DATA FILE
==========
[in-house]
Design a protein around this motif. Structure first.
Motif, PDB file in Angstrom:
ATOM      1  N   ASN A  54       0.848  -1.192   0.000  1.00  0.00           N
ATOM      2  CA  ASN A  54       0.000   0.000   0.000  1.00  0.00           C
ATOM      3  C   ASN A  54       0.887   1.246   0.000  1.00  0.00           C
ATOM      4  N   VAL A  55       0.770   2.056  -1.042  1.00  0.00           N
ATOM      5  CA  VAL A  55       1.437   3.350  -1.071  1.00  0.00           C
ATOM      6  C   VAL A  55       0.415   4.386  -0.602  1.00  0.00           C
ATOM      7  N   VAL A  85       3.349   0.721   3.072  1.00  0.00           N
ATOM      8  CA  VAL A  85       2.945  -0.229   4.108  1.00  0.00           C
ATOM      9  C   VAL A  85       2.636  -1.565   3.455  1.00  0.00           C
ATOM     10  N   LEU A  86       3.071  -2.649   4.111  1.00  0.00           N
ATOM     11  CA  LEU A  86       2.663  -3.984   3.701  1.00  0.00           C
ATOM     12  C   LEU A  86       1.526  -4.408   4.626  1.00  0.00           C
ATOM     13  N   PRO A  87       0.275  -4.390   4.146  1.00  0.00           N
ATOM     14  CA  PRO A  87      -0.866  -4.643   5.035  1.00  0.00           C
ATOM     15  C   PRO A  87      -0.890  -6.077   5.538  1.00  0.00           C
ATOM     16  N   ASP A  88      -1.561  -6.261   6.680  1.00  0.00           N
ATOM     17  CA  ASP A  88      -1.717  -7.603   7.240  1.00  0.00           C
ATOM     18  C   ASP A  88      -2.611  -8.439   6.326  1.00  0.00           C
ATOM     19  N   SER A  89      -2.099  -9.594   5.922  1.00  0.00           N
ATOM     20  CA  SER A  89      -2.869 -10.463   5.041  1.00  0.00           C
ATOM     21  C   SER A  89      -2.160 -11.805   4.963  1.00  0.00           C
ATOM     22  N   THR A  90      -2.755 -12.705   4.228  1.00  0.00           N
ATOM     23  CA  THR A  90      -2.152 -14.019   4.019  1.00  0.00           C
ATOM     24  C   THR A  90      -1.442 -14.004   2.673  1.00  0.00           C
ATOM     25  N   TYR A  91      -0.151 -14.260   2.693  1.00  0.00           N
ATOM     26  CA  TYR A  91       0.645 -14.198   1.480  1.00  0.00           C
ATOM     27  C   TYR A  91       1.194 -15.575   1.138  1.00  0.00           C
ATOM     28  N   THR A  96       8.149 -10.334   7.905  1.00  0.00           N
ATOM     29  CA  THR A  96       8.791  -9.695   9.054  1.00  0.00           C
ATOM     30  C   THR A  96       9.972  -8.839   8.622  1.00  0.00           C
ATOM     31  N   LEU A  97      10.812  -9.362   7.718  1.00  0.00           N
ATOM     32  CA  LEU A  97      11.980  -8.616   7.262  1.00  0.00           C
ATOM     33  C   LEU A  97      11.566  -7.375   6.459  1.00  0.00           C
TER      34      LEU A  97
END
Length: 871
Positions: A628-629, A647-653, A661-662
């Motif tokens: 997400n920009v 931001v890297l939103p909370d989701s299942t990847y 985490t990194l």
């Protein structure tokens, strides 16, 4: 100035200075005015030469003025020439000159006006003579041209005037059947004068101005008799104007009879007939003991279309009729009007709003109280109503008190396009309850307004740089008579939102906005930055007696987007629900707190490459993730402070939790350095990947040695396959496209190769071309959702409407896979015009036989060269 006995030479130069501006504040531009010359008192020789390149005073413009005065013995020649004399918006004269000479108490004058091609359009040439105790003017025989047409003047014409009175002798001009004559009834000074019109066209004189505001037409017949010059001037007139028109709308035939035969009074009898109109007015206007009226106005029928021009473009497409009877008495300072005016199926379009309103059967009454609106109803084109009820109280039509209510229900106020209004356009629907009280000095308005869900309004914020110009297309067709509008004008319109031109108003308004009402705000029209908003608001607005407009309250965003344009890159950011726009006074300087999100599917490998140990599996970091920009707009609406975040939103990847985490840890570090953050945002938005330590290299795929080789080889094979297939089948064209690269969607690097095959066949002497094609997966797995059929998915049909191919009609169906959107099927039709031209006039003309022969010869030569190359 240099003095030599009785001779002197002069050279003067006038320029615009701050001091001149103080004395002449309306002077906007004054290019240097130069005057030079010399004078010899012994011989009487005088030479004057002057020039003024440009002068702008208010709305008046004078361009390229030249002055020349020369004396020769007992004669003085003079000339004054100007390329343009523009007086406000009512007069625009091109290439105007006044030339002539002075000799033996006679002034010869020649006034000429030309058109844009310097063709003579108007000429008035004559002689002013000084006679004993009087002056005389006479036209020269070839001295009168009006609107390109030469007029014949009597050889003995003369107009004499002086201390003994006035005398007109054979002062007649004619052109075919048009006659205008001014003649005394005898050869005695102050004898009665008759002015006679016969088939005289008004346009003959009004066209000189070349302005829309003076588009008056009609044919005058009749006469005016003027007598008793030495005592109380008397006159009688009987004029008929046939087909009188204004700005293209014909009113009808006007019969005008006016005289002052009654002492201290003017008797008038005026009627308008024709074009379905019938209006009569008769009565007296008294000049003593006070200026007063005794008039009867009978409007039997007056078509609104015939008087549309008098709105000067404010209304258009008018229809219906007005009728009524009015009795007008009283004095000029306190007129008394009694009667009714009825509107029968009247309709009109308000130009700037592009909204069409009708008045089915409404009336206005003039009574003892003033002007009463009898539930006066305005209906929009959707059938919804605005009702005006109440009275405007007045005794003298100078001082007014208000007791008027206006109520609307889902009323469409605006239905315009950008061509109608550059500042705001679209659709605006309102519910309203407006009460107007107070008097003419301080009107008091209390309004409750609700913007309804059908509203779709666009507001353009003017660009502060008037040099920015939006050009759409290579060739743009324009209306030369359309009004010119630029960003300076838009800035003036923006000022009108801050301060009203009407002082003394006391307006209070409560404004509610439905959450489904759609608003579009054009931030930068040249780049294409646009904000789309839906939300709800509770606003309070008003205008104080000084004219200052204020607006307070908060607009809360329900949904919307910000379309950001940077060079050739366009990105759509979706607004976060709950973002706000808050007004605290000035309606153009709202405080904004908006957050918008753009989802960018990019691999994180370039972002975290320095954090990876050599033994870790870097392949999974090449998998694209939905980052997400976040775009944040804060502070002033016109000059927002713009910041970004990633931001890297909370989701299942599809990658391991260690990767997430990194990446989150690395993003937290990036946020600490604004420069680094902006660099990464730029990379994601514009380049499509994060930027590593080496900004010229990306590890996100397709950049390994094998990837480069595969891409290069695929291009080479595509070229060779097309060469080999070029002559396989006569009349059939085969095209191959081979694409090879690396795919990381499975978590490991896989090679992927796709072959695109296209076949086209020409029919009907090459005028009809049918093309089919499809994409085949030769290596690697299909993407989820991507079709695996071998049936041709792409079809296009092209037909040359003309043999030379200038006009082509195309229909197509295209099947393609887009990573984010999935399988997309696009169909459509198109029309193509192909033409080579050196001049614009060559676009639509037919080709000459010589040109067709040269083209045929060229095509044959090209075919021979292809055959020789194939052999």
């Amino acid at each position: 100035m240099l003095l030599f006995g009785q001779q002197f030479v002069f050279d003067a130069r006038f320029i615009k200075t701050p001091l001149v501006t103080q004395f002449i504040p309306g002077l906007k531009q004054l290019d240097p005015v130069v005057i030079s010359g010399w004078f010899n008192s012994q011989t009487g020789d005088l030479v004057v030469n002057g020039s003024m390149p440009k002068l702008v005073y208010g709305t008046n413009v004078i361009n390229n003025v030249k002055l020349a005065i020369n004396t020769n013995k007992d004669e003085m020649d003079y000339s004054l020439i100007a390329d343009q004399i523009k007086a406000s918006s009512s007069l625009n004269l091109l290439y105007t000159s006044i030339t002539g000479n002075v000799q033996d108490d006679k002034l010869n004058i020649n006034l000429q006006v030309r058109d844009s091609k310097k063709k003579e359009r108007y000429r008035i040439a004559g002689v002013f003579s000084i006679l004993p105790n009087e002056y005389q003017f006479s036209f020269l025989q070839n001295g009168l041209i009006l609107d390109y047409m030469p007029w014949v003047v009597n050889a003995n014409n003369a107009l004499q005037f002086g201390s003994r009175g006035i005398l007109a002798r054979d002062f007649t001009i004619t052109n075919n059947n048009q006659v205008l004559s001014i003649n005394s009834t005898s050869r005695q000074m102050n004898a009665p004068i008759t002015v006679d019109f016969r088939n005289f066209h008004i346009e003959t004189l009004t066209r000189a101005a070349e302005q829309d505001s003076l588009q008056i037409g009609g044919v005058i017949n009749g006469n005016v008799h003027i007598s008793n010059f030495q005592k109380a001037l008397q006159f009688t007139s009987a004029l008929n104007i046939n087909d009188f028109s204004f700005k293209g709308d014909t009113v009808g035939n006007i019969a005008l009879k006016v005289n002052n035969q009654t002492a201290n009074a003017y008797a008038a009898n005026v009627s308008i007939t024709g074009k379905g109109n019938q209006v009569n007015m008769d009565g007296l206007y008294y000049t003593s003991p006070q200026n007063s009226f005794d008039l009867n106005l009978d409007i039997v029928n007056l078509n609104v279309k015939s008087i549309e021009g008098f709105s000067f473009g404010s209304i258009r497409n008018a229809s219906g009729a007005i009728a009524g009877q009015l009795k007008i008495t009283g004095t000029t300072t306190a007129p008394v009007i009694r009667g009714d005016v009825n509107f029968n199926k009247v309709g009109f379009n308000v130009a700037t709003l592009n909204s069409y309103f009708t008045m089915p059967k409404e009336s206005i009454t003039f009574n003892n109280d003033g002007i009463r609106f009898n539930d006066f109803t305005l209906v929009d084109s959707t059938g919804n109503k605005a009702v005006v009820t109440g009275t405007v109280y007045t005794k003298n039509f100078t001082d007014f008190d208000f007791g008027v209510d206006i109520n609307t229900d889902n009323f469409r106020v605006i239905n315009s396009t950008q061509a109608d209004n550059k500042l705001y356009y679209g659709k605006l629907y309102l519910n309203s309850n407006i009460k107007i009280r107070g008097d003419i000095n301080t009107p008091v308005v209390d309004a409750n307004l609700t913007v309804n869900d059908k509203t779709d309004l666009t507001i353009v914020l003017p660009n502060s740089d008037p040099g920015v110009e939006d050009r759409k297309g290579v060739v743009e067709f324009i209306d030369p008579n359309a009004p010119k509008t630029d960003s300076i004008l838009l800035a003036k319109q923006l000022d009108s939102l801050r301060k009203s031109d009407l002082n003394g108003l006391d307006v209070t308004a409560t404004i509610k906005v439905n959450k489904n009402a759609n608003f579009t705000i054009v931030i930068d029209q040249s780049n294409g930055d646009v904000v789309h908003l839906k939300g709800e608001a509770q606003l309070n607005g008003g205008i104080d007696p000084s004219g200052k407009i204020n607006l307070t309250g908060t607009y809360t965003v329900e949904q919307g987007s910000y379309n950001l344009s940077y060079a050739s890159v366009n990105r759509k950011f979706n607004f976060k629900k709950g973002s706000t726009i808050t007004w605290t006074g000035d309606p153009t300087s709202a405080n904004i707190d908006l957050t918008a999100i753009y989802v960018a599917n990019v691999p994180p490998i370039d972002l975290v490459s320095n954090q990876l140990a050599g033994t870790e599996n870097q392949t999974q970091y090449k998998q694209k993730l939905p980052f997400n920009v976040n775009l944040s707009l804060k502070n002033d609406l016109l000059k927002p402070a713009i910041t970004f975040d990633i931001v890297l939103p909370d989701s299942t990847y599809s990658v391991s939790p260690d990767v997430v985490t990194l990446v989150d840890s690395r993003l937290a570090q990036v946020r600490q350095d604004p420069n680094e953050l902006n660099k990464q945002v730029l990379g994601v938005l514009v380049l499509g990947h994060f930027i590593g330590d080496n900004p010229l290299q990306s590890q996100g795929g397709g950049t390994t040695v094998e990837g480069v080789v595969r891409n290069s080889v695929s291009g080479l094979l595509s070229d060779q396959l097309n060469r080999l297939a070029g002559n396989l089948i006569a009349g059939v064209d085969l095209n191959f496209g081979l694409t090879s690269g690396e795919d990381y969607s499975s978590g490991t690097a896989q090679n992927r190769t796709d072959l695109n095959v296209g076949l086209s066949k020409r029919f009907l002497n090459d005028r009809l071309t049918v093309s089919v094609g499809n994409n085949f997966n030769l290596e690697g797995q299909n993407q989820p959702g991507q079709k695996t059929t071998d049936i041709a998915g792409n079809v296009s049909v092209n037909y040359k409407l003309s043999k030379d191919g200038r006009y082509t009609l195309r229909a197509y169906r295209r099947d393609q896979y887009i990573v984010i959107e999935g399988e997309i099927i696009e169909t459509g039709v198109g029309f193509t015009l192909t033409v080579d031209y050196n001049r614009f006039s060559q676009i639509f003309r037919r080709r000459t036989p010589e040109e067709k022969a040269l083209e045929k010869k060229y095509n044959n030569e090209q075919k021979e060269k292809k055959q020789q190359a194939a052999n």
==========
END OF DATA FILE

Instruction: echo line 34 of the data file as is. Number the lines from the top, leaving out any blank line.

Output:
ATOM     31  N   LEU A  97      10.812  -9.362   7.718  1.00  0.00           N